How to Load MicroPython on a Microcontroller Board
The SparkFun ESP32 Thing is based around Espressif's powerful ESP32 chip. It includes onboard WiFi and Bluetooth radios, making it a perfect endpoint platform for Internet of Things (IoT) products and projects.
By default, the ESP32 Thing comes with the Arduino bootloader pre-installed. To get it to work with MicroPython, we will need to perform some extra steps.
Install FTDI Drivers
To communicate with the ESP32, the Thing board has an FTDI FT231x USB-to-Serial chip. Most versions of Linux and macOS come with the drivers necessary to talk to this chip. Windows users will need to install special drivers. If you need to install the drivers, refer to our How to Install FTDI Drivers tutorial.
To check if your driver is working, plug in your ESP32 Thing board into an available USB port (and make sure no other development boards or USB-to-Serial boards are plugged in).
On Windows, open up the Device Manager, and look for the Ports category. Expand it, and if you see something labeled USB Serial Port, it means your FTDI driver is working properly.
On macOS, enter the command:
language:sh ls -l /dev/tty.usb*
Or on Linux, enter the command:
language:sh ls -l /dev/ttyUSB0
You should see a statement showing the existence of the /dev/tty.usbserial (or /dev/ttyUSB0) file. If you see "No such file or directory," that means the driver was not installed. If you run into any issues with drivers in Linux or macOS, refer to the FTDI VCP drivers page for more information.
Download the Latest MicroPython Firmware
Head to the MicroPython downloads page and download the latest "firmware for ESP32 boards." You will want the
.bin file listed under standard firmware.
Update: This information appears to be outdated as the layout of the MicroPython website has changed. It has been suggested that users, now, use one of the "GENERIC:
esp32-"blah-blah".bin" files listed under "Firmware built with ESP-IDF...".
(*As a heads up, we are not in control of the MicroPython webiste, so future changes may occur. Please, adapt as necessary for those changes.)
To install MicroPython on the ESP32, we need to install full Python on our host machine. Weird, right? As it turns out, the esptool is a Python script that we'll run to upload the MicroPython interpreter to the ESP32.
Head to python.org and download the latest Python for your operating system. The esptool reportedly works with Python 2.7 and Python 3.4 (or newer). Follow the directions to install Python on your computer.
Open a command prompt and enter the following line:
language:shell pip install --upgrade esptool
The pip utility should automatically download and install esptool for you.
Make sure your ESP32 is plugged into your computer. If you are on Windows, open the Device Manager and find out which COM port or device file your ESP32 is associated with (mine is COM7 as per the image above).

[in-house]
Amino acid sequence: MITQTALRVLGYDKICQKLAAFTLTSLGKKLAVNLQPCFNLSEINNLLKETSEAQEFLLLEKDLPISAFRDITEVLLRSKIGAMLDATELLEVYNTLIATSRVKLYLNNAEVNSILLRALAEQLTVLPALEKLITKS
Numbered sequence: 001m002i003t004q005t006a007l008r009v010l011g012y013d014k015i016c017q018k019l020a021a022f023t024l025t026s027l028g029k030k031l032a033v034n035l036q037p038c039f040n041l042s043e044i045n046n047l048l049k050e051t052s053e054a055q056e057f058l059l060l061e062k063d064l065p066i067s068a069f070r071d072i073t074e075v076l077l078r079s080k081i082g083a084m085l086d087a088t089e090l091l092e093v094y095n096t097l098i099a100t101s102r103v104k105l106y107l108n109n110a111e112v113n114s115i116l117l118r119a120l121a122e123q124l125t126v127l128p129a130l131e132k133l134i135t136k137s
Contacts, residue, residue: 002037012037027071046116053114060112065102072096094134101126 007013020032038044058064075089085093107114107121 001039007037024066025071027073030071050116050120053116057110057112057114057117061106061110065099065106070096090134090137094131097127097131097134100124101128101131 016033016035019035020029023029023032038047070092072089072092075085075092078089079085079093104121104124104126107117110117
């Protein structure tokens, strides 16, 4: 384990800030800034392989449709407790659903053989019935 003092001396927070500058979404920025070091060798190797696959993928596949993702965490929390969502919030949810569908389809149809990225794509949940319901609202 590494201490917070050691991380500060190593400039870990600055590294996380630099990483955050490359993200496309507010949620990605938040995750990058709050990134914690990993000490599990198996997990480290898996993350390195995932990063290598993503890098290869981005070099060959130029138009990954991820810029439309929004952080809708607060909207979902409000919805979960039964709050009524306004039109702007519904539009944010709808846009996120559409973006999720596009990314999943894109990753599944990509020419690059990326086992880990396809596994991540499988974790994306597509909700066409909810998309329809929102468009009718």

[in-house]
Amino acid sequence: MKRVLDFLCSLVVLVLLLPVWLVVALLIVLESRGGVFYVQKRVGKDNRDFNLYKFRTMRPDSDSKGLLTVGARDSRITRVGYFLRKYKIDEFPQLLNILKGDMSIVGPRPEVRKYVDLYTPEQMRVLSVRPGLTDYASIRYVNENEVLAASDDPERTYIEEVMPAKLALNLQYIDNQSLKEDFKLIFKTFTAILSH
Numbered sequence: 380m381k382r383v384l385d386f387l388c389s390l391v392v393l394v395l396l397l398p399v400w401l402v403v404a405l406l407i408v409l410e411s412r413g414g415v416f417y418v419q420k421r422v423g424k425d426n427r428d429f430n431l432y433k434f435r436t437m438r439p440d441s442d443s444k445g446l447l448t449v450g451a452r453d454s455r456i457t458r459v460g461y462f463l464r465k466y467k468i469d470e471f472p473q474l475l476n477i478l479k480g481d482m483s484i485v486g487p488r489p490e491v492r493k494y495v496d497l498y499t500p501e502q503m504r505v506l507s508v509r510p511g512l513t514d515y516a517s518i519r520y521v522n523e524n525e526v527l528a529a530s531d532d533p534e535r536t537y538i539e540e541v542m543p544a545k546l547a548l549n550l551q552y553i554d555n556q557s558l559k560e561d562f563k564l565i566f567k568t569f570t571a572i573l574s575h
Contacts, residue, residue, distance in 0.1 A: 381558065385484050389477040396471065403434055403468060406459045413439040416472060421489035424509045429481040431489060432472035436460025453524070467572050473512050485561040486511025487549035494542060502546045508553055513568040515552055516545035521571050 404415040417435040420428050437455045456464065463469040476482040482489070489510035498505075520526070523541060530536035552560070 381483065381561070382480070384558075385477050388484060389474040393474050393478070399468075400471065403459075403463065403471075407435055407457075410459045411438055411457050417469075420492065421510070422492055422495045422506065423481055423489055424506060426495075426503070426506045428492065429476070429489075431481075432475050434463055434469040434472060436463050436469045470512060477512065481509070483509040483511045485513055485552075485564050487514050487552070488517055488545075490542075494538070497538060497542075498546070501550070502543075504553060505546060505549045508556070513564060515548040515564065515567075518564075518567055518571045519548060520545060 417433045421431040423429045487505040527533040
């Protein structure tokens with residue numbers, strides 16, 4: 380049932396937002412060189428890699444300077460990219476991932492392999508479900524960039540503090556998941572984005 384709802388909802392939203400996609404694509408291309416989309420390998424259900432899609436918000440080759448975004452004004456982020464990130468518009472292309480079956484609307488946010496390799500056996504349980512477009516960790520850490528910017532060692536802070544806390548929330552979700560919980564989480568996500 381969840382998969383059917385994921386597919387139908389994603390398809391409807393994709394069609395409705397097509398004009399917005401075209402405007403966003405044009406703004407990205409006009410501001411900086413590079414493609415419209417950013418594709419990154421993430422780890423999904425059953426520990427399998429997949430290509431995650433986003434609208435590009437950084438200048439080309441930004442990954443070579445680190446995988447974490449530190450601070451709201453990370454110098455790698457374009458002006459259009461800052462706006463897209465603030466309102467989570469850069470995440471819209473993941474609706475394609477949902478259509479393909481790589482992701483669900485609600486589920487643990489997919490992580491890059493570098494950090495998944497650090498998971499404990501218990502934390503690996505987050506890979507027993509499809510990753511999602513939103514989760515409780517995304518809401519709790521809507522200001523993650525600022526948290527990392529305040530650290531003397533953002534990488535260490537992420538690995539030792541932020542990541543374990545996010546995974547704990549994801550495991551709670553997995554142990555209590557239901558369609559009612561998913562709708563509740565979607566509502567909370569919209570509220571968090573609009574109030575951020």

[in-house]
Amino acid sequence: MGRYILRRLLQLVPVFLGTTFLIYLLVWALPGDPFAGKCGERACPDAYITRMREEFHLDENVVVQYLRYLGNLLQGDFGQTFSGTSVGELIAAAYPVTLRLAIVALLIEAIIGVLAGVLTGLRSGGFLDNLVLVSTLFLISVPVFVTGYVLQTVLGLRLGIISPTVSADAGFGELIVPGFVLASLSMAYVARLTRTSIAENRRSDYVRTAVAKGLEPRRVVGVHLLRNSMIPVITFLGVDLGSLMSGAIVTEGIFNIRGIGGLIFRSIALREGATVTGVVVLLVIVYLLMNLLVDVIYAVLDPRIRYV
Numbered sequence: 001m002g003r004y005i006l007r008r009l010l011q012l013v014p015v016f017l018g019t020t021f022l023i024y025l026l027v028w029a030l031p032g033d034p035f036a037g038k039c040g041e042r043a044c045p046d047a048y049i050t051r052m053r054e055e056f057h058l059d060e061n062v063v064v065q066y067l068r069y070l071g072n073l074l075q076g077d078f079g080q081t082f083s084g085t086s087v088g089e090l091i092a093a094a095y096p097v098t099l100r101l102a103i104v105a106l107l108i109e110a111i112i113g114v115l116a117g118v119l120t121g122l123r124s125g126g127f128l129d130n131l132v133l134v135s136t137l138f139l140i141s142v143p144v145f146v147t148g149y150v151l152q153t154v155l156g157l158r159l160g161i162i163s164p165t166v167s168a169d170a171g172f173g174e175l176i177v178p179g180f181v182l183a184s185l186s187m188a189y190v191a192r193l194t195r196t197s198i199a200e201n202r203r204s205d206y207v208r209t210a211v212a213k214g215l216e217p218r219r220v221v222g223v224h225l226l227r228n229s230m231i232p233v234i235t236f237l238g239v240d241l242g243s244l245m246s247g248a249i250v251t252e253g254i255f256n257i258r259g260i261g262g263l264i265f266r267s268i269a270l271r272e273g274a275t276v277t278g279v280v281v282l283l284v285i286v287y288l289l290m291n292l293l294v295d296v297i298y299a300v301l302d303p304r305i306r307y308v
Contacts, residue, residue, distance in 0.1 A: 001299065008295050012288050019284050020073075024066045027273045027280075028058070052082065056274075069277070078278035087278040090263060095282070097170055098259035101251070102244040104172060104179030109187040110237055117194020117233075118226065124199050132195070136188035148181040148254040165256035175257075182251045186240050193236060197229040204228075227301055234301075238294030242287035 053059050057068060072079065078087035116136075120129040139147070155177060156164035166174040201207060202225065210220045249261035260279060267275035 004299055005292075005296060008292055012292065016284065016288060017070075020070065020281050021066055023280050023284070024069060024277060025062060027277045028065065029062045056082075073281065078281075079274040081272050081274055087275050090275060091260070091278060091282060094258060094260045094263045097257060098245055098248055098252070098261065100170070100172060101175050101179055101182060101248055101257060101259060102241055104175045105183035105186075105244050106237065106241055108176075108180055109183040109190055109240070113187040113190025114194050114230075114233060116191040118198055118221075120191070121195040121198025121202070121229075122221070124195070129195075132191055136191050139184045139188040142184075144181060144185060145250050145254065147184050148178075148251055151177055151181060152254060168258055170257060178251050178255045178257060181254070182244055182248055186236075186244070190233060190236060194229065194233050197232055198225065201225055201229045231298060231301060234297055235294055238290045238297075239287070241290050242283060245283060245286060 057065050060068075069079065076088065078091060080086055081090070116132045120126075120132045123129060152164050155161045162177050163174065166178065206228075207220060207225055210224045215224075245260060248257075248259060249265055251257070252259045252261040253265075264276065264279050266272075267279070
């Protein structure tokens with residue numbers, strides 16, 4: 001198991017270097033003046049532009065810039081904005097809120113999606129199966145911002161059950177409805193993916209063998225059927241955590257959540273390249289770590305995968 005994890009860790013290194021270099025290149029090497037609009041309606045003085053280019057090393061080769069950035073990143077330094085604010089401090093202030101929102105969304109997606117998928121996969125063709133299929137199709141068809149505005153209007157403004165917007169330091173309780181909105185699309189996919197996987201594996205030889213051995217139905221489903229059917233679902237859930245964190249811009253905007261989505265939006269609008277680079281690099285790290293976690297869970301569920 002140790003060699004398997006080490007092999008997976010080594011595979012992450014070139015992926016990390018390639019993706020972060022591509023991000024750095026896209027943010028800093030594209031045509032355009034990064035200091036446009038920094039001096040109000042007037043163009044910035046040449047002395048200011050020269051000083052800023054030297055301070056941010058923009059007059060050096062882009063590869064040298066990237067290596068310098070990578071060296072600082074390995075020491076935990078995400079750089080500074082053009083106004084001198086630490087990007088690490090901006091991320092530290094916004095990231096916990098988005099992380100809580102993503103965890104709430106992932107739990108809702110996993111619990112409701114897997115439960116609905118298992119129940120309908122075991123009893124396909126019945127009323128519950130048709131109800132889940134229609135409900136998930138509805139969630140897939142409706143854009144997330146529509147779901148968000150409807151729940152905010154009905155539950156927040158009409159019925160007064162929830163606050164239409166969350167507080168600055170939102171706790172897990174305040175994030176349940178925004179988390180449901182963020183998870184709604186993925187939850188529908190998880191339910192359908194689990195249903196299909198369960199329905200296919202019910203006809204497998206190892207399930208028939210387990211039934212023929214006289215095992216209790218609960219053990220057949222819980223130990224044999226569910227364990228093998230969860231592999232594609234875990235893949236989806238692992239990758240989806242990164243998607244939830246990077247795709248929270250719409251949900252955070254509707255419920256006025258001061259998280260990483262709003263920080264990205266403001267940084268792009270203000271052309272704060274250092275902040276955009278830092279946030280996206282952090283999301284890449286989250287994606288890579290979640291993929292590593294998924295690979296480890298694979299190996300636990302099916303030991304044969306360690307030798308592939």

Before flashing the firmware to the ESP32, we'll want to erase everything in the chip's flash memory. To that, enter the following command (replace
<USB-to-Serial Port> with your particular port name, such as
COM7 on Windows,
/dev/tty.usbserial-<letters and numbers> on macOS, or
/dev/ttyUSB0 on Linux):
language:shell esptool.py --chip esp32 -p <USB-to-Serial Port> erase_flash
You should see some output explaining that the ESP32 has been erased and reset.
Next, flash the firmware with the following command (replace
<USB-to-Serial Port> with your particular port name, and replace
<path to .bin> with the location of your downloaded firmware file, such as
language:shell esptool.py --chip esp32 -p <USB-to-Serial Port> write_flash -z 0x1000 <path to .bin>
Once the firmware has been uploaded, you should see the message: "hash of data verified."
At this point, your ESP32 Thing should be running MicroPython.
Download and install one of the many available serial terminal programs. If you are on Windows, open the Device Manager and find out which COM port your ESP32 Thing is associated with (for example, COM7). On macOS, it will likely be
/dev/cu.usbserial-<some letters/numbers>, and on Linux, it’s probably something like
Open up your serial terminal program, and connect to your ESP32 Thing using the associated serial port and a baud rate of 115200. Press the enter key, and you should be presented with the MicroPython REPL command prompt (
>>>). Enter the following commands:
language:python from machine import Pin led = Pin(5, Pin.OUT) led.value(1)
This should turn on the LED attached to pin 5 on the ESP32 Thing board.
To turn off the LED, enter the following command:
This simple test shows that you can control the ESP32 pins with MicroPython. You should be ready to start programming!